Cylodextrins are cyclic, non-reducing oligosaccharides composed of glucopyranose units [1]. The α-, β-, and γ-cyclodextrins are widely known, which contain 6, 7, and 8 units respectively. Recently the smallest cyclodextrins were synthetized, containing 3 and 4 glucopyranose units [2], and on the other hand big oligosaccharides with more, than 8 units are also known [1] and applied for complexation [3] or as chiral selectors for enantiomeric pharmaceuticals [4]. Glucopyranose units form a conical cylinder, which has a hydrophobic inner cavity and a hydrophilic outer surface. This structure enables them to form inclusion complexes with hydrophobic molecules. In general, the complex forming abilities of α-, β-, and γ-cyclodextrins are better, than the larger ones, thus these derivatives are practically important [1]. Cyclodextrin rings can be chemically modified, linked with substituents or other cyclodextrin rings and used to build up larger nanostructures. The type and application of these nano-constructs is continuously increasing. Besides the drug complexation, cyclodextrins can form complexes with natural, biological important molecules like phospholipids, cholesterol or other lipophilic molecules. It causes various effects, especially at cellular level or on biological barriers. On the other hand, cholesterol complexation properties of hydroxypropyl-β-cyclodextrin is applied in the treatment of Niemann Pick Disease Type C (NPC) and was approved as an orphan drug. This mini-review gives a summary on the basic complexation, drug delivery and biological properties of cyclodextrins and the cyclodextrin-based nano-scale drug delivery systems.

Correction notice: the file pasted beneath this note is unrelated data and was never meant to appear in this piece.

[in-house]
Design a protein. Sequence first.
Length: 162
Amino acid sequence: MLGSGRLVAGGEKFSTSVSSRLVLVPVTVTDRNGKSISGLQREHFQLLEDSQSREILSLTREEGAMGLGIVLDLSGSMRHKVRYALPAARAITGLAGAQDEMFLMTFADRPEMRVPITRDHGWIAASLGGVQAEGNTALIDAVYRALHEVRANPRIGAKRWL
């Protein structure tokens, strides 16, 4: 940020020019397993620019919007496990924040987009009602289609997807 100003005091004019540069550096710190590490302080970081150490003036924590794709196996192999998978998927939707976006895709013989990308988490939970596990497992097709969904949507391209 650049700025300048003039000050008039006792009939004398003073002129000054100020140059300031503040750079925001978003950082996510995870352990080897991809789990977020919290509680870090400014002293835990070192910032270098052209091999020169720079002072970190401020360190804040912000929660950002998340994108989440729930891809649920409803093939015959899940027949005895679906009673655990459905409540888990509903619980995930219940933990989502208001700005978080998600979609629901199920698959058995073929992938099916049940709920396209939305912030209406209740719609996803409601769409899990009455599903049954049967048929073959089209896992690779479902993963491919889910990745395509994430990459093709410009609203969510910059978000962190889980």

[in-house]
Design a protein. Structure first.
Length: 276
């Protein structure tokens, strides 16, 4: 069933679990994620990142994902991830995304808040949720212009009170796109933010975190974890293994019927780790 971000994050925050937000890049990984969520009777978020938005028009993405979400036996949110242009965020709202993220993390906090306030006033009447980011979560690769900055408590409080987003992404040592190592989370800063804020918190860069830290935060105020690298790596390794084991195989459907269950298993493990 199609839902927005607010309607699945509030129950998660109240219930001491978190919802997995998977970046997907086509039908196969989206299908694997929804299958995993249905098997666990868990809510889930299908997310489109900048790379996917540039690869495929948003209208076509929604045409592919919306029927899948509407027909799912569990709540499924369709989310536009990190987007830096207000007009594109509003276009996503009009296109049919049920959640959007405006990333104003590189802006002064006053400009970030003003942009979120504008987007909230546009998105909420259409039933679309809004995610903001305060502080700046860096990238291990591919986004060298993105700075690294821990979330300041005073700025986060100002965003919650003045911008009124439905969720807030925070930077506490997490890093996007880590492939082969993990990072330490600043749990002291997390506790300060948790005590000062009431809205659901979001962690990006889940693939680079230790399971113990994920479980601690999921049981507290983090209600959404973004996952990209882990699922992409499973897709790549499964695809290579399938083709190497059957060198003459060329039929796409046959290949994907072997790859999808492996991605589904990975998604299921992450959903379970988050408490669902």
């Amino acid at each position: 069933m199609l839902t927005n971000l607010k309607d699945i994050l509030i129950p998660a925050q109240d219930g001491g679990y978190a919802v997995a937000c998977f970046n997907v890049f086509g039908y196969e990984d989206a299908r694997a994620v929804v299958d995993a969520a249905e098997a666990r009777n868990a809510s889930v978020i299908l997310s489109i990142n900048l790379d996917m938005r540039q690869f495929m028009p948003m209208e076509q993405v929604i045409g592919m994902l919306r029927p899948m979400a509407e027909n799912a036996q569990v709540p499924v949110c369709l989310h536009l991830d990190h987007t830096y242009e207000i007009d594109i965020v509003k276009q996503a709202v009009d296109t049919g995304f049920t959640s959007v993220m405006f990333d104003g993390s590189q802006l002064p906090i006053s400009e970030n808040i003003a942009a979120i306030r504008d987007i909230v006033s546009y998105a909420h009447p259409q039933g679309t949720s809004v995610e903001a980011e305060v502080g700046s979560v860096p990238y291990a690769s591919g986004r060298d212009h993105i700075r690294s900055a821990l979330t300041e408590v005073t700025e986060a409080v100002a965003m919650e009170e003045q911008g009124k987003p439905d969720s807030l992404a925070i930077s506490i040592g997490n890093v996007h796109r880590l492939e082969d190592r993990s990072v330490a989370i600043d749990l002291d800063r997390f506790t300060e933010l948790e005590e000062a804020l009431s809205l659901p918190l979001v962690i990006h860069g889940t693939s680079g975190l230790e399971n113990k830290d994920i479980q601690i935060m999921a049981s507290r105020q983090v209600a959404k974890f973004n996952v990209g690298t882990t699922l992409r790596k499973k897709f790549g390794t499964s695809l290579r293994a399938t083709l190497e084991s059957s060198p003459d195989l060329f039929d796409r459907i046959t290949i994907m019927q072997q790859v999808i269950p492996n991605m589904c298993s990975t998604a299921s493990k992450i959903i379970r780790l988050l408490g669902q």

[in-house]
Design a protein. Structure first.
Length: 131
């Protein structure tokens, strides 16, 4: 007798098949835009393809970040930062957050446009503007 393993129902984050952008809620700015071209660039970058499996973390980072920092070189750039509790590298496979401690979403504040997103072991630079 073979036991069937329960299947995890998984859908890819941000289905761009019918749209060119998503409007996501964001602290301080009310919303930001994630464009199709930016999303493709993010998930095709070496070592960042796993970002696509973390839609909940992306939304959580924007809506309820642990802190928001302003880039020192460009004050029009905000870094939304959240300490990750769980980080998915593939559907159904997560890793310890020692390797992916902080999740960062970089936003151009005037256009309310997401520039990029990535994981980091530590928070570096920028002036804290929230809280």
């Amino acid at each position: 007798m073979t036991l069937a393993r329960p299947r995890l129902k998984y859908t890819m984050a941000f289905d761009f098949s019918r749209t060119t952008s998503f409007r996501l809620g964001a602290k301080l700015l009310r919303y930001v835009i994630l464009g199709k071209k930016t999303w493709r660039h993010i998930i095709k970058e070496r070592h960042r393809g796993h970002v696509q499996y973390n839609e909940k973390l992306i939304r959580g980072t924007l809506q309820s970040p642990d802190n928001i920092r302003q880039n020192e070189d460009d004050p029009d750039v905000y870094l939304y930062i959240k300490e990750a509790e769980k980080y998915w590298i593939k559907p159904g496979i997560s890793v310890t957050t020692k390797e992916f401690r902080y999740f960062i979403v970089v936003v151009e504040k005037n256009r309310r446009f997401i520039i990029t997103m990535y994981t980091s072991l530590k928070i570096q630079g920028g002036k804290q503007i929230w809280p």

2. Cyclodextrin Complex Formation